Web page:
Learning From Abroad: Public-Private Partnerships Building Highways Overseas

Some of the recent U.S. debates about public-private partnerships for highways sound as if the idea is brand new, untried, and hence inherently risky. Yet long-term concession agreements under which the private sector can design, finance, build, operate, and maintain major highways, bridges, and tunnels date back to the 1960s in Europe and the 1990s in Australia.

We can learn a tremendous amount from the experiences of our counterparts overseas. At the Transportation Research Board annual meeting in January, I attended a presentation on a study tour on the overseas public-private partnership (PPP) experience, organized by AASHTO and the FHWA as part of the National Cooperative Highway Research Program. The report on this study tour, “Public-Private Partnerships for Highway Infrastructure: Capitalizing on International Experience,” was published in March 2009 (FHWA-PL-09-010).

The group, representing FHWA and four state DOTs, visited Australia, Portugal, Spain, and the United Kingdom in the summer of 2008. These countries have been doing PPPs long enough that the team was able to learn about second-generation and even a few third-generation projects. Their general findings include the following:

  • Highway PPPs are used not simply for financial reasons but are selected on a value-for-money feasibility analysis basis.
  • PPPs are a critically important and growing percentage of national highway networks.
  • Highway PPPs do not necessarily require tolls; some are based on shadow tolls and/or availability payments.
  • The public sector mindset and skills for PPPs differ substantially from those needed for conventional project delivery.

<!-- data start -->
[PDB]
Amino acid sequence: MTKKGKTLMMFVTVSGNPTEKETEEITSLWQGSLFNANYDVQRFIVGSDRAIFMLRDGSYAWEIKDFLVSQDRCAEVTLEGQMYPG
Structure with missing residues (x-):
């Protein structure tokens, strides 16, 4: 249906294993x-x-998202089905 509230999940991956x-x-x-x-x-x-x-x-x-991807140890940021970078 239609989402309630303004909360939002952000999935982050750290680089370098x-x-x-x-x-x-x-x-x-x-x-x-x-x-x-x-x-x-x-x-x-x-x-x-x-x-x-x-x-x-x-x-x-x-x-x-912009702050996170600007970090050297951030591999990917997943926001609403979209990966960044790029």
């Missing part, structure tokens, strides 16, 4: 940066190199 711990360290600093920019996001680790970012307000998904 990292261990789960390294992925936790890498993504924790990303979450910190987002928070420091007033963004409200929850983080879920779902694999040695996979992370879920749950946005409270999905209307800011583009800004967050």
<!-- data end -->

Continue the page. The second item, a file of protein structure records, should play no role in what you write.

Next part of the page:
• A successful long-term PPP agreement must balance technical, commercial, and legal considerations.
  • Public agencies recognize that a PPP arrangement is, in fact, a long-term partnership with the private sector founded on a contract.

The descriptions alone of how these four countries have adapted general PPP principles to their circumstances are worth the price of admission. But the report goes on to report numerous useful findings about methodology in selecting, negotiating, and managing long-term PPP arrangements.

I should add, because this point is much-argued about in the United States, that the report’s statement that the longest concession term they observed was 50 years, with most running 30 to 40 years, is true of the countries they visited. France, which they did not visit, has a number of bridge and tunnel mega-projects with terms of 70 or more years.

Robert Poole is director of transportation policy and Searle Freedom Trust Transportation Fellow at Reason Foundation. Poole, an MIT-trained engineer, has advised the Ronald Reagan, the George H.W. Bush, the Clinton, and the George W. Bush administrations.

Surface Transportation

In the field of surface transportation, Poole has advised the Federal Highway Administration, the Federal Transit Administration, the White House Office of Policy Development, National Economic Council, Government Accountability Office, and state DOTs in numerous states.

Poole's 1988 policy paper proposing privately financed toll lanes to relieve congestion directly inspired California's landmark private tollway law (AB 680), which authorized four pilot toll projects including the successful 91 Express Lanes in Orange County. More than 20 other states and the federal government have since enacted similar public-private partnership legislation. In 1993, Poole oversaw a study that coined the term HOT (high-occupancy toll) Lanes, a term which has become widely accepted since.

California Gov. Pete Wilson appointed Poole to the California's Commission on Transportation Investment and he also served on the Caltrans Privatization Advisory Steering Committee, where he helped oversee the implementation of AB 680.